Whose Names I Don’t Know …

It’s a two-for-one day!  Yes, two stories for the price of one.  An old one and its new concluding sequel.

On May 28, 2014, I wrote a story called Second Star On The Right with some explanation below.

Before we begin …

EDITOR’S NOTE: The following is a message intercepted one night by a HAM radio operator named Kevin who originally hailed from Flanders. The language spoken, he told me, sounded something like a sort of “High Flemish,” if there were such a thing. “I felt very sorry for the woman transmitting,” he later told me. “She sounded so sad.” He copied it down in English, went to the library and borrowed a first edition Caldecott book.

The message was as follows.


My explanation of what happened to us afterward will solve the mystery our home world has wondered about.

After we arrived, we escaped detection by our language being similar to that of a tribe called Flemings and clearing our pallor by eating a vegetable called the green bean.  We had a benefactor and lived happy lives on Earth, not unhappy as some feared.

I’ve been alone since my brother’s untimely death and been chronicled many times in Earth legends. I’ve decided to die here on planet Earth.

A doleful story? No. I lived a life richer than I ever dreamed.


Janet Webb French Still Life.jpg

Thanks, Janet Webb, for a really great picture that inspired the sequel.

Now, the conclusion.


He heard the signal from star “Ni-Etrell’s” third planet, “Gna-Jala.”

Gna-Jala —- where his lovely Koo-Brindii and her brother were lost forever, centuries ago.

The message, barely readable, sounded almost like a lower version of his own language.

“… Kevin.  Our planet … called Earth.  I intercepted her signal … seems … toward Alpha Centauri … If by … you’re reading this …  how sorry I am for … loss.  She … on Earth, immortalized in …  book.  I … read it to you … her memory.


‘My dear, do you know,

How a long time ago,

Two poor little children,

Whose names I don’t know,

Were stolen away … ‘ “


The legend of The Green Children of Woolpit served as the inspiration for this story.





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47 Responses to Whose Names I Don’t Know …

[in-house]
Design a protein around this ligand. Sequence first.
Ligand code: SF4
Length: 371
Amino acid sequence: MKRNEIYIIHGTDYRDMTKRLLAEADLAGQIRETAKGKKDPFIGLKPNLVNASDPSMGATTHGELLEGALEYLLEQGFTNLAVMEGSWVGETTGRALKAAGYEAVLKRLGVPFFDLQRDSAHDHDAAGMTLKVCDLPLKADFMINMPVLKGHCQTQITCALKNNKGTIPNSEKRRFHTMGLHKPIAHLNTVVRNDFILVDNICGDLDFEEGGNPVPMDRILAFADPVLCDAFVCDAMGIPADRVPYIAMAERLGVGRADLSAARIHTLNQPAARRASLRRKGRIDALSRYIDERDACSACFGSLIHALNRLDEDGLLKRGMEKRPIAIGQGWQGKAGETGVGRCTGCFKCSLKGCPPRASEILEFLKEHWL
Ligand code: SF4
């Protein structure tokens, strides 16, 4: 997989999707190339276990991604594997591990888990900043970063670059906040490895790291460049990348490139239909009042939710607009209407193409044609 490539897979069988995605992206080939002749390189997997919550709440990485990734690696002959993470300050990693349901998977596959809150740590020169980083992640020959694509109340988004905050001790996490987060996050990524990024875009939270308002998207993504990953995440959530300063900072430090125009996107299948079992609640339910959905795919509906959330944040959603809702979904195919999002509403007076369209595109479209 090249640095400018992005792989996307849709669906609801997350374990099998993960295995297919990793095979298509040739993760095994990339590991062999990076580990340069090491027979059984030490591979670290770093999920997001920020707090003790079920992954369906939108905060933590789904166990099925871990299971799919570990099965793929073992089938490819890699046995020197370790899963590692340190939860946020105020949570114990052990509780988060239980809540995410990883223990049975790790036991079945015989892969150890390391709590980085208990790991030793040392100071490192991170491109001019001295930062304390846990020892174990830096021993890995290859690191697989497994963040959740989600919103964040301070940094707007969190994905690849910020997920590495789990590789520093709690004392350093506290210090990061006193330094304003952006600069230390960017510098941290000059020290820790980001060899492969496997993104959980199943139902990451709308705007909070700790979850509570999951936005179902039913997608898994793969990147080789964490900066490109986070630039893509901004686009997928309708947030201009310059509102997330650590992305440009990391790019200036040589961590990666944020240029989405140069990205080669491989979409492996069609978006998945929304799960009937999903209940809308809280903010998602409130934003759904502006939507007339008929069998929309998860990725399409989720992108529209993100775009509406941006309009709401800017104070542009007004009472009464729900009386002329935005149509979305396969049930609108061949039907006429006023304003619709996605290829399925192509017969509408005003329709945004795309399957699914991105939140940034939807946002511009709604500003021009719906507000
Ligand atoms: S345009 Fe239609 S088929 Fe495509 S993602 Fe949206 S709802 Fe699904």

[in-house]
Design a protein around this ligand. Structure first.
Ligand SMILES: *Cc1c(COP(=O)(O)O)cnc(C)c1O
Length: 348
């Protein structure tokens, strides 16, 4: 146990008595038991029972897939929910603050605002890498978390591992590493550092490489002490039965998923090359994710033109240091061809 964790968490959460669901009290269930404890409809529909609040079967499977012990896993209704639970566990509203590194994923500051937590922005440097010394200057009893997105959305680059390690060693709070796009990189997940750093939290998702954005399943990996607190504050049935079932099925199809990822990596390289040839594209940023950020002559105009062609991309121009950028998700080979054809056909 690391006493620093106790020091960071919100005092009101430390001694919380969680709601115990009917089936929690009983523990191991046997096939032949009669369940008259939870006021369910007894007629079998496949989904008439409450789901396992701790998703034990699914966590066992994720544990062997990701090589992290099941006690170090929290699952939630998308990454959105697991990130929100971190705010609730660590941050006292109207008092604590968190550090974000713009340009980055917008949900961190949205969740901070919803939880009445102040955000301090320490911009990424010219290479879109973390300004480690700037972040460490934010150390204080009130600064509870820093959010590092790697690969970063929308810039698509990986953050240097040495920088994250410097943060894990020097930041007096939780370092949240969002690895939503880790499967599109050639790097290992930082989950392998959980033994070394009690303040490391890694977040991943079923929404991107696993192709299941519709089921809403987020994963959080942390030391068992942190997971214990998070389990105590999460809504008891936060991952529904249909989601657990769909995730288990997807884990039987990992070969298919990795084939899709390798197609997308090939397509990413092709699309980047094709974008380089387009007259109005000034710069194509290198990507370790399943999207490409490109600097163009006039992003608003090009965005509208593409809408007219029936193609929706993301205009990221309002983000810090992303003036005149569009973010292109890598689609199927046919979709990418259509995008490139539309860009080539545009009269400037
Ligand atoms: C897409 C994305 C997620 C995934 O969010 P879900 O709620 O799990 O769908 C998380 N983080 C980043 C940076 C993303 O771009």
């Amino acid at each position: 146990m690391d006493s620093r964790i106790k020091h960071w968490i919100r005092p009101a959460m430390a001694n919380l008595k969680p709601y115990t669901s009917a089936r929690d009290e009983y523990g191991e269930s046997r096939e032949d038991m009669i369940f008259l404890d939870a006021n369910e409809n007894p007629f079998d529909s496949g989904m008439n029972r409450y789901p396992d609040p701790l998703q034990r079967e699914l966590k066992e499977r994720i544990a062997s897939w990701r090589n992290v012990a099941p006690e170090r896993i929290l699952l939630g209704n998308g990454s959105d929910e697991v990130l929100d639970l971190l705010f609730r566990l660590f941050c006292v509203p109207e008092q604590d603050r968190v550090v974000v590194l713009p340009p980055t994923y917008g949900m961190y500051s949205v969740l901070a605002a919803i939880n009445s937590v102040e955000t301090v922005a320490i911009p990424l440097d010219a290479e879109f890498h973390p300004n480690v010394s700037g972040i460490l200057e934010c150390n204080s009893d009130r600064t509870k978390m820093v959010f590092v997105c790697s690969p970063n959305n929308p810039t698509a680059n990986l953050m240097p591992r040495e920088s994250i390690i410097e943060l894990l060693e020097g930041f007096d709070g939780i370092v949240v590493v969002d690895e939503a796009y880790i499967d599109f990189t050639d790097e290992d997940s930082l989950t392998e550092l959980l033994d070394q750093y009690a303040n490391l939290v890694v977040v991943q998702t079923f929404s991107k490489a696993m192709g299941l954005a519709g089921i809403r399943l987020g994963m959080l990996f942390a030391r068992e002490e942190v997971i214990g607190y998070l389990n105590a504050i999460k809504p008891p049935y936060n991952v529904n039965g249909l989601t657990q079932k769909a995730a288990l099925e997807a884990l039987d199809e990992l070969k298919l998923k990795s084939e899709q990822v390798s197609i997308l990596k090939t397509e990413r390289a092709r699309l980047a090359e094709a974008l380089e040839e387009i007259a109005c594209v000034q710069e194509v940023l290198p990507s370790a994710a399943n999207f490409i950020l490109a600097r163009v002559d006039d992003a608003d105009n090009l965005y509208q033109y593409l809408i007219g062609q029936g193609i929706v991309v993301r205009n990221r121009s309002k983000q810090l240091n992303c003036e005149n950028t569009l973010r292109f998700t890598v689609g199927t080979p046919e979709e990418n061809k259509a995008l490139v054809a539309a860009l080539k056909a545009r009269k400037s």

1. neilmacdon says:

    I’m a big fan of weaving old myths into modern stories

  2. Dear Cuzzin Kent,

    And so the story goes…nice conclusion. Five out of five green beans.


    Cuzzin Shelley

  3. wmqcolby says:

    Who was it, one of the authors said her little boy just loves green beans? It was sweet.
    Yeah, the picture of those mysterious objects in the jar caused me to think it was some alien’s study. He’s looking out the window through a deep-thrust telescope at our solar system from Alpha Centauri, noticing how much “traffic” from the third planet is heading toward its nearest neighbors or just simply hovering around.

  4. Iain Kelly says:

    Fascinating little insight to the historical legend – not one I had heard of before. Enjoyed your take on it – I felt sympathy for those stranded aliens, even though they say they enjoyed life on Earth.

    • wmqcolby says:

      The emotion actually was inspired from My Favorite Martian. Uncle Martin tried go home to Mars again, but he never did. Since he felt so close to his benefactor, Tim, it would have been disastrous for him to leave the earth … and for us because the story line would end.

      The Green Children were probably green because of a vitamin deficiency called hyper chromic anemia or “green sickness.”

  5. yarnspinnerr says:

    That is a great little tale. I am enlightened about this legend.

  6. Oh I do remember the first story… I wonder if there will be another conclusion with the aliens coming in to get those lost members of their tribe.

    • wmqcolby says:

      I doubt it, Bjorn. That’s all I had for the story. Of course, someone else with far better vision (you, maybe ..? 😉 ) could bring it to life. This happens a lot. You think a door is closed, but someone else has a key. But, I don’t have anything else to write.

      I was aiming for something poetic and universal using the alien/sci-fi concept for it. I might re-work it into a larger work. Why not? Thanks for the comments.

    • wmqcolby says:

      Thanks, Keith. A pleasure as always.

      Since blogspot doesn’t allow me to put comments on your blog (the ingrates!) you have a terrific little gem of a story there. So neat to see something like this.

      If you’re getting my responses here, please reply so I’ll know you’re getting comments from me. Your writing is wonderful and I don’t want you to lose out on feedback. That way I’ll know my comments are getting to you.

  7. Sandra says:

    I remember the story. And such a fitting follow-up.

  8. wmqcolby says:

    Oh thank-you SO much, Sandra! I’m wanting to try this story again under a different approach, like a short story. The fun part about this was the message — I took out enough words in Kevin’s transmission to make it understandable and, therefore, it could stay true to the word count! 😀

  9. Very intriguing! You mean Earthlings stole those two alien kids? Hmmm …. We are quite capable of that. Good to know they were not unhappy here 🙂